But these were developments of the 1820s. A much neglected fact in need of emphasis is that Eaton's pivotal role in botanical education had already begun in the years 1815-1820. This was a time of transition in American botany.
Prior to 1815, Philadelphia had been the center of botanical study. It was there that the American Philosophical Society and (by 1812) the Academy of Natural Sciences were located, and it was home to the prestigious University of Pennsylvania and its medical school. The Bartrams and Bartons, Nuttall, Pursh, Baldwin, Muhlenberg, and Darlington were all drawn to Philadelphia and its environs.
It is true that during the first decade and a half of the 19th century there was a smattering of activity in New York (David Hosack, Samuel Mitchill), Charleston (Shecut, Stephen Elliott), Lexington, Kentucky (Rafinesque), and Boston (Bigelow). However, it would not to be until the mid-1820s that New York was to unseat Philadelphia as the center for scholarly botanical activity, and fully another decade before Boston would supplant New York. During the transition years from approximately 1815 to 1825 Amos Eaton looms large as one of the key figures in American science.
Following completion of his Yale studies with Silliman and Ives in early 1817, Eaton moved to Western Massachusetts to accept a teaching position in mineralogy and botany at Williams College. Upon completion of those duties in September 1817, he published the first edition of the Manual of Botany. Armed with favorable endorsements, he began a peripatetic life, giving series of successful botanical lectures in neighboring villages. He had enthusiastic audiences at Northampton, Belchertown, Worcester, Monson, and Brimfield in the short interval between September 1817 and April 1818. He then settled in the Albany-Troy area of New York but continued the life of a nomadic lecturer in New York, Massachusetts, and Vermont for several more years.
Lest one conclude that the attendees of these talks, which were aimed at the general populace, did not also make their mark, it is important to note that several Deerfield, Massachusetts citizens who had listened to Eaton in 1817 must be added (along with John Torrey) to the list of prize students who had early on been inspired by Eaton:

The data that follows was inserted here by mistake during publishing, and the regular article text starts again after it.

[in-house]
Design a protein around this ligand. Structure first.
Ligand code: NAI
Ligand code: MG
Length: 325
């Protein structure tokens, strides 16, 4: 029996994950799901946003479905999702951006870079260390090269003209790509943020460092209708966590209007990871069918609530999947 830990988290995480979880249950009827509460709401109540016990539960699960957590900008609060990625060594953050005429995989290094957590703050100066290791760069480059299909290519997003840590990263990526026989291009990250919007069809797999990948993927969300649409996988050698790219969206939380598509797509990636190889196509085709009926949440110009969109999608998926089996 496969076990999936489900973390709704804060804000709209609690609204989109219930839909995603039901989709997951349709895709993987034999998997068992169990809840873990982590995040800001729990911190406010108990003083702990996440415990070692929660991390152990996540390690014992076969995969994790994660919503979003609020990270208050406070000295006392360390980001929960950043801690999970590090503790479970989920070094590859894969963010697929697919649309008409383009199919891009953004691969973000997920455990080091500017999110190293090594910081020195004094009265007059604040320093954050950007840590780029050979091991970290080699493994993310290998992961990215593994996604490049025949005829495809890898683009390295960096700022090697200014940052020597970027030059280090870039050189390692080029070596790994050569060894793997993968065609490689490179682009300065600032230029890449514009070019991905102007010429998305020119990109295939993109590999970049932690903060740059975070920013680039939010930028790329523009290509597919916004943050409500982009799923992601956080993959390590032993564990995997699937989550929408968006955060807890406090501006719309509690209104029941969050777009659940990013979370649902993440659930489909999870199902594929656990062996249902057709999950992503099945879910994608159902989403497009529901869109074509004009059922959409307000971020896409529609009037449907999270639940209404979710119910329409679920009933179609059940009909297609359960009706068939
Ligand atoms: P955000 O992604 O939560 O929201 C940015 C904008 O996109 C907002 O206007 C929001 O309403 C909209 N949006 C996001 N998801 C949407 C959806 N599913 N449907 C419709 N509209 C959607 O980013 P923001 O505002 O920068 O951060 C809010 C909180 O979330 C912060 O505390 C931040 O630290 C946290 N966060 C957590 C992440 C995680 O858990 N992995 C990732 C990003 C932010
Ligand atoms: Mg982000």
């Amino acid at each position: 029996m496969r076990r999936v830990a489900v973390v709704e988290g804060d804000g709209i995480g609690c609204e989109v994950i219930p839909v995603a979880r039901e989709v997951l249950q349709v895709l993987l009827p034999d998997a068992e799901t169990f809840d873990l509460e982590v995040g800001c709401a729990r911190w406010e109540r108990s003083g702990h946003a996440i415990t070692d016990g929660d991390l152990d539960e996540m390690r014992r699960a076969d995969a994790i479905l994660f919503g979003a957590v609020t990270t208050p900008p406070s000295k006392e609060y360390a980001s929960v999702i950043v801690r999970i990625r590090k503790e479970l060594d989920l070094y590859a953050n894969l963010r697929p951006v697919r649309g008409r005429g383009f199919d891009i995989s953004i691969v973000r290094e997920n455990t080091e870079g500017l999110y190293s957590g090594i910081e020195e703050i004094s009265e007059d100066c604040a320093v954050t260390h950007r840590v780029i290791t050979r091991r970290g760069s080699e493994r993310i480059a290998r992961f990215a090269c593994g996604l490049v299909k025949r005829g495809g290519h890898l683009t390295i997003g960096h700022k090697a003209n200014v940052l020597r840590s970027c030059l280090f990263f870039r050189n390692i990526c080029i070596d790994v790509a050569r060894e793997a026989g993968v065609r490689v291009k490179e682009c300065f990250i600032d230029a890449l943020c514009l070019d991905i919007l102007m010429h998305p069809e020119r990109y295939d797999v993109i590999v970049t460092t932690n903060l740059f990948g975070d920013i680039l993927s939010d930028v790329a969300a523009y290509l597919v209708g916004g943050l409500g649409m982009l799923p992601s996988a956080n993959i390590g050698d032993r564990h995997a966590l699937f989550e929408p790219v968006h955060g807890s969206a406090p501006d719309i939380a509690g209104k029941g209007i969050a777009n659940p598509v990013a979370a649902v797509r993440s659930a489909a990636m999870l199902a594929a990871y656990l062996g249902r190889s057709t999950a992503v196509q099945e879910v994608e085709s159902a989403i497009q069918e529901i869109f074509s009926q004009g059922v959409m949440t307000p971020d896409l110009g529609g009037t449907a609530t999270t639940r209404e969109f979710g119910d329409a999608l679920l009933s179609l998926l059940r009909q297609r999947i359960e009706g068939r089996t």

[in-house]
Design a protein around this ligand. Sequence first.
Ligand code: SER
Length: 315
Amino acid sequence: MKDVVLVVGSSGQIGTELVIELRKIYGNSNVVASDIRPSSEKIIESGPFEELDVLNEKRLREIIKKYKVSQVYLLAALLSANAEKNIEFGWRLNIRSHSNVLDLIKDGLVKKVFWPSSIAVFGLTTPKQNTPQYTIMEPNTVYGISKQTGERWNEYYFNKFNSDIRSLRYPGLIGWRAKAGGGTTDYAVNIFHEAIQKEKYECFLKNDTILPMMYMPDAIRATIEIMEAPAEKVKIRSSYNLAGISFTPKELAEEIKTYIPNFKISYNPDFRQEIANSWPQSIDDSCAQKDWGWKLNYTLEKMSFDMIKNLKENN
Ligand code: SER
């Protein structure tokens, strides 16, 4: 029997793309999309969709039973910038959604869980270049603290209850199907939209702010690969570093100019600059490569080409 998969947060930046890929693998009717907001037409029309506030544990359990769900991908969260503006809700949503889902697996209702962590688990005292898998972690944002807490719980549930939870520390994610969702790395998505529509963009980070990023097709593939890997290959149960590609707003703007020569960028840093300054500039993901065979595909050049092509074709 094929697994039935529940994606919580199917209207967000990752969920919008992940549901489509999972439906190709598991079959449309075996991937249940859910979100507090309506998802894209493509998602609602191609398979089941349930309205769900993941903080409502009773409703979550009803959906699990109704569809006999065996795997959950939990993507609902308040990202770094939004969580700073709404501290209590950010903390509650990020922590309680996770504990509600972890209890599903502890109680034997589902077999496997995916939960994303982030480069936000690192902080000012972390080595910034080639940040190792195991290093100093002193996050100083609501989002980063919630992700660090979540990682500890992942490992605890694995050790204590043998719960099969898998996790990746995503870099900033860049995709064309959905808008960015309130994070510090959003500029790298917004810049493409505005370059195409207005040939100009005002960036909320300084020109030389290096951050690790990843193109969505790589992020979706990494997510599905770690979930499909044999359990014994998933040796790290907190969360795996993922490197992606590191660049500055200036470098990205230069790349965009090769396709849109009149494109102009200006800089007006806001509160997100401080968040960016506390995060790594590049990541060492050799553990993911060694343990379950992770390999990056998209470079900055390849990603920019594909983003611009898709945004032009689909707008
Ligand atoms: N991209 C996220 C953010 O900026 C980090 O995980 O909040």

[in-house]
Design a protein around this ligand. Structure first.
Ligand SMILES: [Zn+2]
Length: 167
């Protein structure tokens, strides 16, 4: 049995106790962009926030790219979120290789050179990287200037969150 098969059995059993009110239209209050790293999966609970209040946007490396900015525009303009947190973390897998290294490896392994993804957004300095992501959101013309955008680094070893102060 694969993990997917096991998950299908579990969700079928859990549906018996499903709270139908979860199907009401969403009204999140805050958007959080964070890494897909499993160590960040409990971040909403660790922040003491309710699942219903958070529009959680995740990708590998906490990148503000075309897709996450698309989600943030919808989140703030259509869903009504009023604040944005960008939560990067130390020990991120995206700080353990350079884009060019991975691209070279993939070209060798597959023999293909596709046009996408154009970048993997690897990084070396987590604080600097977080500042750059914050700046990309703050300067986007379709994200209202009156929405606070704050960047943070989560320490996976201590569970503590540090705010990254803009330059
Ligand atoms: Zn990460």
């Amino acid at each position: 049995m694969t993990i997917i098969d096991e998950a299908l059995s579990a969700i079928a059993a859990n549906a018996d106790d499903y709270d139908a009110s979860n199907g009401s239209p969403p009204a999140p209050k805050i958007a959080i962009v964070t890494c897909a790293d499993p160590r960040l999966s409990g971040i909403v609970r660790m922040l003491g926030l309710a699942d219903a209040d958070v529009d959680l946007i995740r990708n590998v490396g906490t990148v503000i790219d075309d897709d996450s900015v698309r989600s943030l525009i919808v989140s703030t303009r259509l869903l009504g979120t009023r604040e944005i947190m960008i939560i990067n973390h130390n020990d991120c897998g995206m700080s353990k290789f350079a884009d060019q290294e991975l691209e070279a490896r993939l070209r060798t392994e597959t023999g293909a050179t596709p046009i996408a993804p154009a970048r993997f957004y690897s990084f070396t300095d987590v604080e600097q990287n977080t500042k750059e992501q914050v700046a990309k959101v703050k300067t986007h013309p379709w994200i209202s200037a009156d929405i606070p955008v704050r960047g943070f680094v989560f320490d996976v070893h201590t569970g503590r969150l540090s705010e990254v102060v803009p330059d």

Rev. Edward Hitchcock (future Amherst College President and Professor of Chemistry and Natural History), Dr. Stephen West Williams and Dr. Dennis Cooley all began to collect plants, and arrange herbaria after hearing Eaton (well before his ascendancy at RPI).
Dr. Cooley's botanical pursuits continued lifelong, and in 1849 he published a Flora of Lake Superior (Catalogue of Plants Collected by W.A. Burt on the Primitive Region South of Lake Superior in 1846; in Message from the President of the United States to the Two Houses of Congress at the Commencement of the First session of the Thirty-First Congress, Pt.iii; Washington, 1849).
His herbarium was donated in 1863 to the Michigan Agricultural College (now Michigan State University). He will be the topic of a future posting here on Historica Botanica.
Yet other notable early (pre-Rennselaer School) botanical students of Eaton were:
- Dr. Zina Pitcher (1797-1872), an army surgeon who practiced medicine in Detroit after 1836 following his military career in Michigan, Virginia, and Arkansas. He was elected President of the American Medical Association in 1856, edited the Peninsular Medical Journal (1855-1858), served as President of the Michigan State Medical Society (1855-1856) and authored 41 medical papers. Together with Henry Rowe Schoolcraft and General Lewis Cass, he founded the Michigan Historical Society in 1828. His large herbarium, acquired in 1880 by Isaac C. Martindale, was purchased in 1964 by the USDA for the National Arboretum. His botanical activities are memorialized in several species including "Pitcher's Hog Peanut" (Amphicarpaea bracteata var. comosa), "Pitcher's Thistle" (Cirsium pitcheri) and "Pitcher's Sandwort" (Arenaria patula).
- Dr. Edwin James (1797-1861), who was naturalist and surgeon on Stephen Long's expedition to the Rocky Mountains. He attended lectures by Eaton in Albany and Troy.
For further information:
- Botanical Beachcombers and Explorers: Pioneers of the 19th Century In the Upper Great Lakes by Edward G. Voss; Contributions from the University of Michigan Herbarium; Volume 13, 1978
- Some American Medical Botanists Commemorated In Our Botanical Nomenclature by Howard A. Kelly, M.D.; The Southworth Company, 1914.